One would have thought that the toughest obstacle for Donald Trump would have been limited to the presidential election win. Yet, two months into his tenure, Trump has failed to gather the needed support in congress to implement his proposed health care reforms on the previously set bill implemented by Barack Obama.
As one of the main proposals in his electoral campaign, it comes as no surprise that investor sentiment has subsequently retreated. Financial markets over the past months, most notably since the presidential outcome have priced in proposed Trump reforms from lower corporate taxes to infrastructural fiscal spending.
The healthcare proposal vote last Friday, to revoke what became known as Obamacare since 2012, was a big test to Trump’s presidency. The failure to implement the reform, following a vote in congress, led investors to anticipate similar scenarios for the other proposed Trump policies that in turn have to go through congress.
Markets have in fact retreated since Friday’s vote with the US dollar depreciating against a number of currencies and equities selling off, following the optimism over recent months of the pro-business Trump agenda.
Gold, sovereign bonds and the yen saw the most inflows as a result to begin the week.
Commodities have yet to stabilise, as industrial raw materials sold off following the healthcare reform rejection in favour of precious metals. Furthermore, the OPEC scale back in oil production has been insufficient to boost oil prices as concerns on US production and increased supply has retreated oil prices over the past month to below the $50 a barrel mark today.
Market movements so far in 2017 are at the mercy of political events. In Europe, the Euro has somewhat held its ground, given the latest polls surrounding the upcoming French elections.
Marine Le Pen’s anti-European Union National Front Party is heavily expected to lose the second round electoral vote to independent candidate Emanuel Macron. Markets have, in turn, responded positively to the news, as Macron’s rise in the polls has led investors to further price in his pro-business electoral proposals.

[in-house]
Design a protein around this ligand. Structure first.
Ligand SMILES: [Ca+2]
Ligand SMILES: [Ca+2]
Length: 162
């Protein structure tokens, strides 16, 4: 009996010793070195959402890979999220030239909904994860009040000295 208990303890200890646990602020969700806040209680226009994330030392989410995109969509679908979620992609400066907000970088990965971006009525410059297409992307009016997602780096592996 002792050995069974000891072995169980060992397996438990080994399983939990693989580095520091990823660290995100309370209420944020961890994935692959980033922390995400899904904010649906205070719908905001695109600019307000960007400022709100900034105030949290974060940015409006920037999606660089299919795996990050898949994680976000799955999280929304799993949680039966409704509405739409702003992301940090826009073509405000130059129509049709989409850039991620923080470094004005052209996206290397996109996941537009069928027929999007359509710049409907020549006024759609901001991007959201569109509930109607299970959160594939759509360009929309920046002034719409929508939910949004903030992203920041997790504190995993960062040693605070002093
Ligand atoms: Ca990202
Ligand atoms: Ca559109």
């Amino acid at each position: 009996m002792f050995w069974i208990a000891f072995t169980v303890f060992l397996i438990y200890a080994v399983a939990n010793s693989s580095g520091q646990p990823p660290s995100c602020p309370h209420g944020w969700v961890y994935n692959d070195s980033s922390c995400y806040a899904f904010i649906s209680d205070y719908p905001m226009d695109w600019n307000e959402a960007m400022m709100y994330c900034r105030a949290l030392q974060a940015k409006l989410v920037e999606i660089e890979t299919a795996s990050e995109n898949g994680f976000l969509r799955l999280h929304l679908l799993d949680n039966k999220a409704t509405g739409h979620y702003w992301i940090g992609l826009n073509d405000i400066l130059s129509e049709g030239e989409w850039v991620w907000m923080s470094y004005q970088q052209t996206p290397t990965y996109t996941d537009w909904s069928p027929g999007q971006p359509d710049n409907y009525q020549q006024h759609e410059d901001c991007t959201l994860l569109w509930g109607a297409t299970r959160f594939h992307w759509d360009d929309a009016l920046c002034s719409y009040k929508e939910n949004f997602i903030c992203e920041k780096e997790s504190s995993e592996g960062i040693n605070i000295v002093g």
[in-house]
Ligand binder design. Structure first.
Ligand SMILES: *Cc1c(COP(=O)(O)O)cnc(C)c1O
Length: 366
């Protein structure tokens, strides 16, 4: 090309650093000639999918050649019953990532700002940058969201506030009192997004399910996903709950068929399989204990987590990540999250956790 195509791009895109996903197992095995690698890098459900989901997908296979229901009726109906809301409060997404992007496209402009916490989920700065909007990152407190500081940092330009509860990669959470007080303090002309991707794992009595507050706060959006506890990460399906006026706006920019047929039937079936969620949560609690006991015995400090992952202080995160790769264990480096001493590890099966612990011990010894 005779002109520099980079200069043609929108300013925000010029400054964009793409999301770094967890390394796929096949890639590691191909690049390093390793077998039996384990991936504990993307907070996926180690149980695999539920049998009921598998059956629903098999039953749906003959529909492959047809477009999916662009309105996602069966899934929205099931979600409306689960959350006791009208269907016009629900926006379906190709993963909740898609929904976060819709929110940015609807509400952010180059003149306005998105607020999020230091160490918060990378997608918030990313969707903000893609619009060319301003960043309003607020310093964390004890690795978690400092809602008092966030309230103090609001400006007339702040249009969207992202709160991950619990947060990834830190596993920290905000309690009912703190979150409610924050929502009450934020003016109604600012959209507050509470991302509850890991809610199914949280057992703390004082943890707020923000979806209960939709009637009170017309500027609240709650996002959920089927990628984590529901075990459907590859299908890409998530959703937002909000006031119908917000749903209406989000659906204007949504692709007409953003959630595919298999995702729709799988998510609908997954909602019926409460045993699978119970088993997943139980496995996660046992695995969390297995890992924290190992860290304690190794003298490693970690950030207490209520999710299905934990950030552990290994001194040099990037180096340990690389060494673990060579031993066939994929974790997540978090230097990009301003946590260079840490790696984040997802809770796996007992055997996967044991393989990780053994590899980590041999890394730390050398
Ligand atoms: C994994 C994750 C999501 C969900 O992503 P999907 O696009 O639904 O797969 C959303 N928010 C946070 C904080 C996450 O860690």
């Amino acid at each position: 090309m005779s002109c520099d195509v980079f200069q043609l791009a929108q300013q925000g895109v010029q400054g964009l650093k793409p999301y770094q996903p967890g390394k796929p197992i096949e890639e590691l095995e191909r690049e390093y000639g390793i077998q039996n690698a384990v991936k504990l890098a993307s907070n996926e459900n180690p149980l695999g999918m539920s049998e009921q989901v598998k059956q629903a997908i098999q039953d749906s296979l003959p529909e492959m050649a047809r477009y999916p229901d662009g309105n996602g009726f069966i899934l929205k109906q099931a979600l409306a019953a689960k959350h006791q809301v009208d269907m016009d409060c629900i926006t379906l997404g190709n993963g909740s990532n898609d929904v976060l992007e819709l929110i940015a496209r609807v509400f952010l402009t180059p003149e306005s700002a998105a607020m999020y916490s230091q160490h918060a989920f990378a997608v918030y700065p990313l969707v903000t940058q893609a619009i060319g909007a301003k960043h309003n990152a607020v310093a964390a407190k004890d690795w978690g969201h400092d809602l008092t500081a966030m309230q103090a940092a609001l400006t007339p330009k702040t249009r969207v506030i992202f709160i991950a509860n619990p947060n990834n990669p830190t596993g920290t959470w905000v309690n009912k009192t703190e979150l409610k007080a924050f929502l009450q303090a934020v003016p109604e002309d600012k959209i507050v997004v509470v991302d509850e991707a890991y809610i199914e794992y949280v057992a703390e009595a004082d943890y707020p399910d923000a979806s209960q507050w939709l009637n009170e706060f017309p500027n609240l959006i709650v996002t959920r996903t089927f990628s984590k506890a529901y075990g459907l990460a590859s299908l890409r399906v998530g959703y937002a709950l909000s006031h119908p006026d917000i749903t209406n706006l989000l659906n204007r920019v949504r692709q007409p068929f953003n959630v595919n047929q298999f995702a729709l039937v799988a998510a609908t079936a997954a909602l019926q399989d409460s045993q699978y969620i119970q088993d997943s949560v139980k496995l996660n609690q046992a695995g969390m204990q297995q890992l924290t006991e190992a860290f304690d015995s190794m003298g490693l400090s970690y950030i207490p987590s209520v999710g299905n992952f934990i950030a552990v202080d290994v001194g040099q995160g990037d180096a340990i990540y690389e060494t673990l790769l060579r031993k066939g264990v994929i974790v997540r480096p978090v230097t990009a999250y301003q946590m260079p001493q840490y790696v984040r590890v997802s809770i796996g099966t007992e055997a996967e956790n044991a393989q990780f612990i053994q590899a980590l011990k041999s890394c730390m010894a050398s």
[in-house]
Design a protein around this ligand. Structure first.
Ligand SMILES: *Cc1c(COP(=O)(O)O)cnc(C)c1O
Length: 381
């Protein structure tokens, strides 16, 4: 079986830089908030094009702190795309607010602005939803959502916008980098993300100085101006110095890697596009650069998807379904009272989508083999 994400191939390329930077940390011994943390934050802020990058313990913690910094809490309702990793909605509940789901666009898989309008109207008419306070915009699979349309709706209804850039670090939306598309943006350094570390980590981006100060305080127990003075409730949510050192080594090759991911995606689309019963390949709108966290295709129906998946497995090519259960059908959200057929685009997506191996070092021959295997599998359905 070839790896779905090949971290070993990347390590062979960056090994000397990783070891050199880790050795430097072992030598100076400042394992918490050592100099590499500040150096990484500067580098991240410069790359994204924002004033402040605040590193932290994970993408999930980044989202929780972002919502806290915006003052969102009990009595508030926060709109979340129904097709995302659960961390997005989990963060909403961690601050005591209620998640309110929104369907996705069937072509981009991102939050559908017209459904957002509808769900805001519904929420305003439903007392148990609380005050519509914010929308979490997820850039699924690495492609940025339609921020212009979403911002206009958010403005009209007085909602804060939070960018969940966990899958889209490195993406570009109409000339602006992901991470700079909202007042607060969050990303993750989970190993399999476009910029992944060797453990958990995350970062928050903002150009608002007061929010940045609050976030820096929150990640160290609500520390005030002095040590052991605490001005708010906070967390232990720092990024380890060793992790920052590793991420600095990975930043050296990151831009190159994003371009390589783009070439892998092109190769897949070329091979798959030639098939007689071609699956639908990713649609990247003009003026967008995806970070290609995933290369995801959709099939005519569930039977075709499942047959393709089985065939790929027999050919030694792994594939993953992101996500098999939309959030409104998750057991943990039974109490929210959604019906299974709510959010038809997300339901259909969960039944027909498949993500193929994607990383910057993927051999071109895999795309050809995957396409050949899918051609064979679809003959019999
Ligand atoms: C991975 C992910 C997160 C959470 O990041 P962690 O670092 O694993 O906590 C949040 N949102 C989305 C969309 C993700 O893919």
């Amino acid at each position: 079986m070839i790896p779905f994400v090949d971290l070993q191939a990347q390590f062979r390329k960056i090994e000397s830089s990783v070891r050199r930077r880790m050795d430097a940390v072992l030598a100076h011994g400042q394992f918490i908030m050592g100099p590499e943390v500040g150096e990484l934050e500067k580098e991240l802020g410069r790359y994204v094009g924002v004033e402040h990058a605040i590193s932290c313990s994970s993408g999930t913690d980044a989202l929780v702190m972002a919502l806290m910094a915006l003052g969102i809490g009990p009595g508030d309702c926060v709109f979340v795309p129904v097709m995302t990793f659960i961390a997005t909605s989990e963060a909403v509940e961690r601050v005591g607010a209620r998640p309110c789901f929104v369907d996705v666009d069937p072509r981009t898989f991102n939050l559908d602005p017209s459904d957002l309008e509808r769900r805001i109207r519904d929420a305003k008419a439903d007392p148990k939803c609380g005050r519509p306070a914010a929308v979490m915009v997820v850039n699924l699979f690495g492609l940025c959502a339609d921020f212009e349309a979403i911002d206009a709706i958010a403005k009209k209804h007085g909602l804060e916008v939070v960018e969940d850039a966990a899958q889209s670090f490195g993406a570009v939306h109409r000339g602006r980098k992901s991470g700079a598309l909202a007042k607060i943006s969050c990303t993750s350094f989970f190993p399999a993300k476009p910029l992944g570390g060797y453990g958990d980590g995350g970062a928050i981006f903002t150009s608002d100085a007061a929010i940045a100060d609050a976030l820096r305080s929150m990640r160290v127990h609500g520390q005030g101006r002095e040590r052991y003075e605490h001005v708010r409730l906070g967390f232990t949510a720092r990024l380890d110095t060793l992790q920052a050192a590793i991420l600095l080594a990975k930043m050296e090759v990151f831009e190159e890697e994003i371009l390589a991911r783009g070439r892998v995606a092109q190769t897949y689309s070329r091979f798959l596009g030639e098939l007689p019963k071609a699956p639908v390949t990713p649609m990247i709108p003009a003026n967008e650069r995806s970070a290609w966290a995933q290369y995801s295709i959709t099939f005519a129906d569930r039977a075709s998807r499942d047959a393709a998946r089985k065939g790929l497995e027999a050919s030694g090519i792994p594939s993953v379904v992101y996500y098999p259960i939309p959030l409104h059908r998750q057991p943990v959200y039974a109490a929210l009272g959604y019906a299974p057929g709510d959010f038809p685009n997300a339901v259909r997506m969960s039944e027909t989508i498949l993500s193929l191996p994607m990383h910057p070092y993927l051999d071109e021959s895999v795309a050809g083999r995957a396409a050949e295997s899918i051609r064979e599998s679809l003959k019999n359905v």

If elected, Macron has proposed corporate tax cuts, more flexible employment contracts, lower public spending and consequently 120,000 public sector job cuts. Furthermore, the candidate also wants to abide by Eurozone commitments in reducing France’s long-term budget deficit to below three per cent of GDP.
Whilst optimism currently strives around the French elections, investors nervously await the tone negotiations will undertake, once Brexit is officially triggered by Theresa May today.
A Brexit with no deal between the two parties is a possible chaotic scenario for Britain as tariffs, border controls and consequent business migration would most likely affect the nation.
Following Brexit and the election of Trump, caution should most definitely continue to set the tone. Whilst Macron in France seems to be cruising to victory, I wouldn’t write Marine Le Pen off just yet. Election polls over the past year have done more than enough to disappoint and question their credibility.
For all we know, Marine Le Pen does become president and similar to the market retreat following Trump’s healthcare vote rejection, this time, European markets would be jolted into panic sell-offs, wiping out most of the optimism and upside currently being enjoyed.
And let’s not forget German elections later on this year…
Disclaimer: This article was issued by Mathieu Ganado, Junior Investment Manager at Calamatta Cuschieri. For more information visit, www.cc.com.mt .The information, views and opinions provided in this article are being provided solely for educational and informational purposes and should not be construed as investment advice, advice concerning particular investments or investment decisions, or tax or legal advice. Calamatta Cuschieri Investment Services Ltd has not verified and consequently neither warrants the accuracy nor the veracity of any information, views or opinions appearing on this website.
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